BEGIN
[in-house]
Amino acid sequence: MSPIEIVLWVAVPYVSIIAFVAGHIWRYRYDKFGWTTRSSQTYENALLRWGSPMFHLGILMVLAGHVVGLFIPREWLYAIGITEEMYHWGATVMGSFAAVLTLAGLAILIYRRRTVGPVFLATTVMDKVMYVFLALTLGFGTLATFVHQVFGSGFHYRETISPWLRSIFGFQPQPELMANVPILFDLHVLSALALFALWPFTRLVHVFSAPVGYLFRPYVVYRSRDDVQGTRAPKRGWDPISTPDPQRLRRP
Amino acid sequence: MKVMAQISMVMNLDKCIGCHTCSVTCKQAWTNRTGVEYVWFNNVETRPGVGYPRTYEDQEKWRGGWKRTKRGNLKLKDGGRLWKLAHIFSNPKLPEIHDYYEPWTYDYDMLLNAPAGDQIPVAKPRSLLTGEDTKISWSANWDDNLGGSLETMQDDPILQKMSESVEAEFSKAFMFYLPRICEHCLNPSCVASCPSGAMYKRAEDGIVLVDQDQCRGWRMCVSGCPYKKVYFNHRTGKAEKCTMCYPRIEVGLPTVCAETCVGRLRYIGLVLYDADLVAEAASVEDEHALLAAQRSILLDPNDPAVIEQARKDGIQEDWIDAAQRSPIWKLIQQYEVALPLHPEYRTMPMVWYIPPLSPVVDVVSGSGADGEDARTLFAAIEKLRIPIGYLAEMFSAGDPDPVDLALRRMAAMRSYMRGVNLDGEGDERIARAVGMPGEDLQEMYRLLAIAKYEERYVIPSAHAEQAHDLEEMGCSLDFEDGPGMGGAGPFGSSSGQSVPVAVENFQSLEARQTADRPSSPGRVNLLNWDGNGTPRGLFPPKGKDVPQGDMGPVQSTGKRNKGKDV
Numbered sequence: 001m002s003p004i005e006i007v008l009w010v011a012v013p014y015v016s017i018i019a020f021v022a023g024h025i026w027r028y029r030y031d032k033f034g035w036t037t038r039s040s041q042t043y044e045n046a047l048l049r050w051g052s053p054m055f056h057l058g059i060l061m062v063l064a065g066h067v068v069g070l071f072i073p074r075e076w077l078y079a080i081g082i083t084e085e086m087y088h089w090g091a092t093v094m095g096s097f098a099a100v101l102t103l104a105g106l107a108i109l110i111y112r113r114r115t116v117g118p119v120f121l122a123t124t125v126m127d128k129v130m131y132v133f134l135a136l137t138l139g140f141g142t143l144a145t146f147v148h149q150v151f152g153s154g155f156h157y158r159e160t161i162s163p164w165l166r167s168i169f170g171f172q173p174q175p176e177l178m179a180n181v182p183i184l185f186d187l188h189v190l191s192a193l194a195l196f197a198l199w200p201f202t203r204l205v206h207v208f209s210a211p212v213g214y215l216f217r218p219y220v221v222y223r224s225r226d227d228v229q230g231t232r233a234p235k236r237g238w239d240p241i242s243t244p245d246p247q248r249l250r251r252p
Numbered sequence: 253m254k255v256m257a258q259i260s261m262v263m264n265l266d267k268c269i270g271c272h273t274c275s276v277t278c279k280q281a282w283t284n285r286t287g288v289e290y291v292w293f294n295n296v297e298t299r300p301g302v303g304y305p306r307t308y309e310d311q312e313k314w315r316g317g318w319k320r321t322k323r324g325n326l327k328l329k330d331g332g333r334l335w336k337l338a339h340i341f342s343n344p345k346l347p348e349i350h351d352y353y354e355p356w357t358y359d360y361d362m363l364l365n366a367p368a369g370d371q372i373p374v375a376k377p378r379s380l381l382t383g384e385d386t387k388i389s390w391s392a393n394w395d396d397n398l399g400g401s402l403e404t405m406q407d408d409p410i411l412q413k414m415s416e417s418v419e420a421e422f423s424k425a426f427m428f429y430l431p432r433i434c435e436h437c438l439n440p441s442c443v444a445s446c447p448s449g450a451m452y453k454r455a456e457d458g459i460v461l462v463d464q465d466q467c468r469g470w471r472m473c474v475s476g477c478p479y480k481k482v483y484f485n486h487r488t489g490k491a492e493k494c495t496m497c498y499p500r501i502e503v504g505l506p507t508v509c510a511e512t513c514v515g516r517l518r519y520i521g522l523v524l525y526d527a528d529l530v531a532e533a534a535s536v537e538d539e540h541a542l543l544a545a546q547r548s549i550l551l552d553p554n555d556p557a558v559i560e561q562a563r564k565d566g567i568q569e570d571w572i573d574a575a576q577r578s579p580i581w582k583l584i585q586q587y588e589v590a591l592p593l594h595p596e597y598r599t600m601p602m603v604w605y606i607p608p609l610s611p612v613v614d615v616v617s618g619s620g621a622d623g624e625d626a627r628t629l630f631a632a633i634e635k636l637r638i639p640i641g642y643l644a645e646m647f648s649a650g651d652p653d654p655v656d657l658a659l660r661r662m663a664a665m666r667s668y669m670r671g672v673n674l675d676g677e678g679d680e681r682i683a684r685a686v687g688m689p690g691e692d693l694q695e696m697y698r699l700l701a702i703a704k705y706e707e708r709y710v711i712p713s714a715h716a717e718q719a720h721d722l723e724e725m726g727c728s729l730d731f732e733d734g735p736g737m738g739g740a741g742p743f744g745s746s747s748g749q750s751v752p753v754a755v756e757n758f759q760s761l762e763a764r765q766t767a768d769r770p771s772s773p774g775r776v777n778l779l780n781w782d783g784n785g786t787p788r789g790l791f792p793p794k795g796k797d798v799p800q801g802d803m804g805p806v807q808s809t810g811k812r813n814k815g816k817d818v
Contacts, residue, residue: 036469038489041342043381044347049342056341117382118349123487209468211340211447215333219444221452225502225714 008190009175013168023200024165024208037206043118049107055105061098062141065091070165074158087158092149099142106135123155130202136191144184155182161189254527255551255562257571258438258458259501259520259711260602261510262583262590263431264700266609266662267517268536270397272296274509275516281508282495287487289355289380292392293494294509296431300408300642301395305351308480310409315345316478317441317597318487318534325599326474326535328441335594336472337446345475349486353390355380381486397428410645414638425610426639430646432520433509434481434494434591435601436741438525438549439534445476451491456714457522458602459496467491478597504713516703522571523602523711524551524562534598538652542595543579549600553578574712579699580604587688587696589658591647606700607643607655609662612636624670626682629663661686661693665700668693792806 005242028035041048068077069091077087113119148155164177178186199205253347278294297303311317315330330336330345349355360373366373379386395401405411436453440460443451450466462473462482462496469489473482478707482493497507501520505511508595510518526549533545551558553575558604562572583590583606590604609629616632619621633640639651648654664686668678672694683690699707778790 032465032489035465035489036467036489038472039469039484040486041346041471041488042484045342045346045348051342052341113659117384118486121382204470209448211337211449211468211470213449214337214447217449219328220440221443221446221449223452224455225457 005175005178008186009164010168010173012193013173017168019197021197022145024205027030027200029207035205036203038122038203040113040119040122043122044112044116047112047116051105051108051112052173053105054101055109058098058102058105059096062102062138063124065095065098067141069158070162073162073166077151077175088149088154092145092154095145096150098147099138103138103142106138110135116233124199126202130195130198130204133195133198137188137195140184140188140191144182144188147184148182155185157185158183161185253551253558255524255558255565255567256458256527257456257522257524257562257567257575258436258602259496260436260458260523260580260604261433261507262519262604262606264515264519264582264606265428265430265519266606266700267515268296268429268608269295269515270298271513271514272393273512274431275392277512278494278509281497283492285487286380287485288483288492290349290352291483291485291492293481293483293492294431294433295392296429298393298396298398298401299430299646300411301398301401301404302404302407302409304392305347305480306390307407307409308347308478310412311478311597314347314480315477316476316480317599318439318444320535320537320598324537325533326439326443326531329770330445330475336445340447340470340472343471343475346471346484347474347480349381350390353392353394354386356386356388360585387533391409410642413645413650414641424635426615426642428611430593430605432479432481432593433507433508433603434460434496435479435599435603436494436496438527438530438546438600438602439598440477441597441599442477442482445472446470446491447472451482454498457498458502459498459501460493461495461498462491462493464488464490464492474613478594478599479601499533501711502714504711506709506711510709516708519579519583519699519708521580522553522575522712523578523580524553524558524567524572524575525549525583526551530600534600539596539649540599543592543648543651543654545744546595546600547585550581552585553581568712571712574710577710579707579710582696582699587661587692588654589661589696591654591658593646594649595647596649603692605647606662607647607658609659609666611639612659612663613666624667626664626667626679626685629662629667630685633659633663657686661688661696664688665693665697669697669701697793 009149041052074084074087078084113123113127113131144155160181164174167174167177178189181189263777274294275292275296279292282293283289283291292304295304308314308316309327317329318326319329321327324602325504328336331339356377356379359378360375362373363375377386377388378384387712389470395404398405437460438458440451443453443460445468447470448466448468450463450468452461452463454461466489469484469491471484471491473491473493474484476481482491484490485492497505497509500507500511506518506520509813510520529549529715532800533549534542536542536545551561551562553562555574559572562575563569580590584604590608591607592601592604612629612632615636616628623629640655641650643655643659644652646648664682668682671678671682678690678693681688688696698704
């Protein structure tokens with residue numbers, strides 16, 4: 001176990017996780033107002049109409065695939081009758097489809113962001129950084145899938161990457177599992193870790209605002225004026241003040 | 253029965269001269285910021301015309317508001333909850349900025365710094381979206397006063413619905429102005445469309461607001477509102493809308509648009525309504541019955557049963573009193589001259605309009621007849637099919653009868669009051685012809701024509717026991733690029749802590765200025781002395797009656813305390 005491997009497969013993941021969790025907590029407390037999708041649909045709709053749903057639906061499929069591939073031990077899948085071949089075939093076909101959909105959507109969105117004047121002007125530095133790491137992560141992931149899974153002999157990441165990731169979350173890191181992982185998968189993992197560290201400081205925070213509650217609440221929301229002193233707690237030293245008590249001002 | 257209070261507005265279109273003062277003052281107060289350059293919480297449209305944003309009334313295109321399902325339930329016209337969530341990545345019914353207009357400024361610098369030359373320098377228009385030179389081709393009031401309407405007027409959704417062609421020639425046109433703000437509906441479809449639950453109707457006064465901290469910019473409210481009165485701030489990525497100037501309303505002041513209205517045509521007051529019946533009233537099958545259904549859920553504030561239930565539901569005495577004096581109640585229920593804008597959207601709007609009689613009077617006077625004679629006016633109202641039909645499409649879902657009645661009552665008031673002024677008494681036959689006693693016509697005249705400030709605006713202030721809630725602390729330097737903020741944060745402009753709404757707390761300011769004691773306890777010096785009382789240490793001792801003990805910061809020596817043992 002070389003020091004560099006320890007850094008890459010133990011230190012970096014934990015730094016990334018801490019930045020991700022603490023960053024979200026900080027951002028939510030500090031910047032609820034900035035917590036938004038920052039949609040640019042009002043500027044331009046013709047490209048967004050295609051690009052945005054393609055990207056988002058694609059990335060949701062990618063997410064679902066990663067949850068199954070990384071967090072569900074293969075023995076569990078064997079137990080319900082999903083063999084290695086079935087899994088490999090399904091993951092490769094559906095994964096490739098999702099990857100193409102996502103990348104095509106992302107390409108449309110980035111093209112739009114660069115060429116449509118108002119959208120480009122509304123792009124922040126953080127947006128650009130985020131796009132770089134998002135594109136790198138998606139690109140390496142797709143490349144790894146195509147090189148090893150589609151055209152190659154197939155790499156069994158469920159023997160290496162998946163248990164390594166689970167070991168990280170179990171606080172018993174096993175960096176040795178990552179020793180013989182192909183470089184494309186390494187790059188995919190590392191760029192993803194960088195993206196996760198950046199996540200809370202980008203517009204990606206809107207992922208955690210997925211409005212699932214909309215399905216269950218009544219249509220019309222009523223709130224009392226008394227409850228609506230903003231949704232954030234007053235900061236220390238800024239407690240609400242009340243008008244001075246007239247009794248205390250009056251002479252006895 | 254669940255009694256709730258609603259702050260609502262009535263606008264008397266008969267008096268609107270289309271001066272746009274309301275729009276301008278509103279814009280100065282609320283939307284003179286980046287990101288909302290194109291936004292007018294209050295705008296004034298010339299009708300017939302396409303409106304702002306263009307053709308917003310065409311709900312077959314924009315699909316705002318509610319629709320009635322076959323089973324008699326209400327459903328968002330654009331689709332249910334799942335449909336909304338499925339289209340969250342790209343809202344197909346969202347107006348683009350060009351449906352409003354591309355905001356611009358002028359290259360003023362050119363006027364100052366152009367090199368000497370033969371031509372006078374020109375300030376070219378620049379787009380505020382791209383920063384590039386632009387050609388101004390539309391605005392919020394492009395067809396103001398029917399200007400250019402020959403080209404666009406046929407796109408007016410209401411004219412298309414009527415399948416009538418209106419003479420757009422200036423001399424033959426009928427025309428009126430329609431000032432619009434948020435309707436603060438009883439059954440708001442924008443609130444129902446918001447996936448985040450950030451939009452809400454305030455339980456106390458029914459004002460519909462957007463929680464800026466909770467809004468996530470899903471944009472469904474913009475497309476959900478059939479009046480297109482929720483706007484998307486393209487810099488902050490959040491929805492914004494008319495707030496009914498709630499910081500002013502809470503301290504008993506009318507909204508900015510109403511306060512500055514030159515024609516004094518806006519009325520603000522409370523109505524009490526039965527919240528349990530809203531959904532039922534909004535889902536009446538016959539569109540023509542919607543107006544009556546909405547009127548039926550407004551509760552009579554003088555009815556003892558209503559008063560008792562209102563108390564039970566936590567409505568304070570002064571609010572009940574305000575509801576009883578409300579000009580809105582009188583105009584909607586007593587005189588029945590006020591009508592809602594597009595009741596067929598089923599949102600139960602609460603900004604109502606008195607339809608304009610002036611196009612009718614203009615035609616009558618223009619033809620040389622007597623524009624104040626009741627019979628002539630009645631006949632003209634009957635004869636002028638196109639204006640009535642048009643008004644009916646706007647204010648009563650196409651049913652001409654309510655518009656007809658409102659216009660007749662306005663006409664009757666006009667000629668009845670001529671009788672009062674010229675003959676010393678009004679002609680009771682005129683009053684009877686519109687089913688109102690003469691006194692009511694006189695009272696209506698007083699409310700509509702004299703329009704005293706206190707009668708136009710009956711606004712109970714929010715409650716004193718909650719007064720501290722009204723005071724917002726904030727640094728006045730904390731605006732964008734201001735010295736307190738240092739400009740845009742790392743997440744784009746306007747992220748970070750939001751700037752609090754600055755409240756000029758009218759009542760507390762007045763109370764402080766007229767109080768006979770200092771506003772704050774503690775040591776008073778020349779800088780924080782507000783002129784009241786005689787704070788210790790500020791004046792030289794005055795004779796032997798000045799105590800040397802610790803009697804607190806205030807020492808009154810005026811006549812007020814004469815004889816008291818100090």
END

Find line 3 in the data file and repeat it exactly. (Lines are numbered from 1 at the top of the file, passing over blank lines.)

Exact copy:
Amino acid sequence: MKVMAQISMVMNLDKCIGCHTCSVTCKQAWTNRTGVEYVWFNNVETRPGVGYPRTYEDQEKWRGGWKRTKRGNLKLKDGGRLWKLAHIFSNPKLPEIHDYYEPWTYDYDMLLNAPAGDQIPVAKPRSLLTGEDTKISWSANWDDNLGGSLETMQDDPILQKMSESVEAEFSKAFMFYLPRICEHCLNPSCVASCPSGAMYKRAEDGIVLVDQDQCRGWRMCVSGCPYKKVYFNHRTGKAEKCTMCYPRIEVGLPTVCAETCVGRLRYIGLVLYDADLVAEAASVEDEHALLAAQRSILLDPNDPAVIEQARKDGIQEDWIDAAQRSPIWKLIQQYEVALPLHPEYRTMPMVWYIPPLSPVVDVVSGSGADGEDARTLFAAIEKLRIPIGYLAEMFSAGDPDPVDLALRRMAAMRSYMRGVNLDGEGDERIARAVGMPGEDLQEMYRLLAIAKYEERYVIPSAHAEQAHDLEEMGCSLDFEDGPGMGGAGPFGSSSGQSVPVAVENFQSLEARQTADRPSSPGRVNLLNWDGNGTPRGLFPPKGKDVPQGDMGPVQSTGKRNKGKDV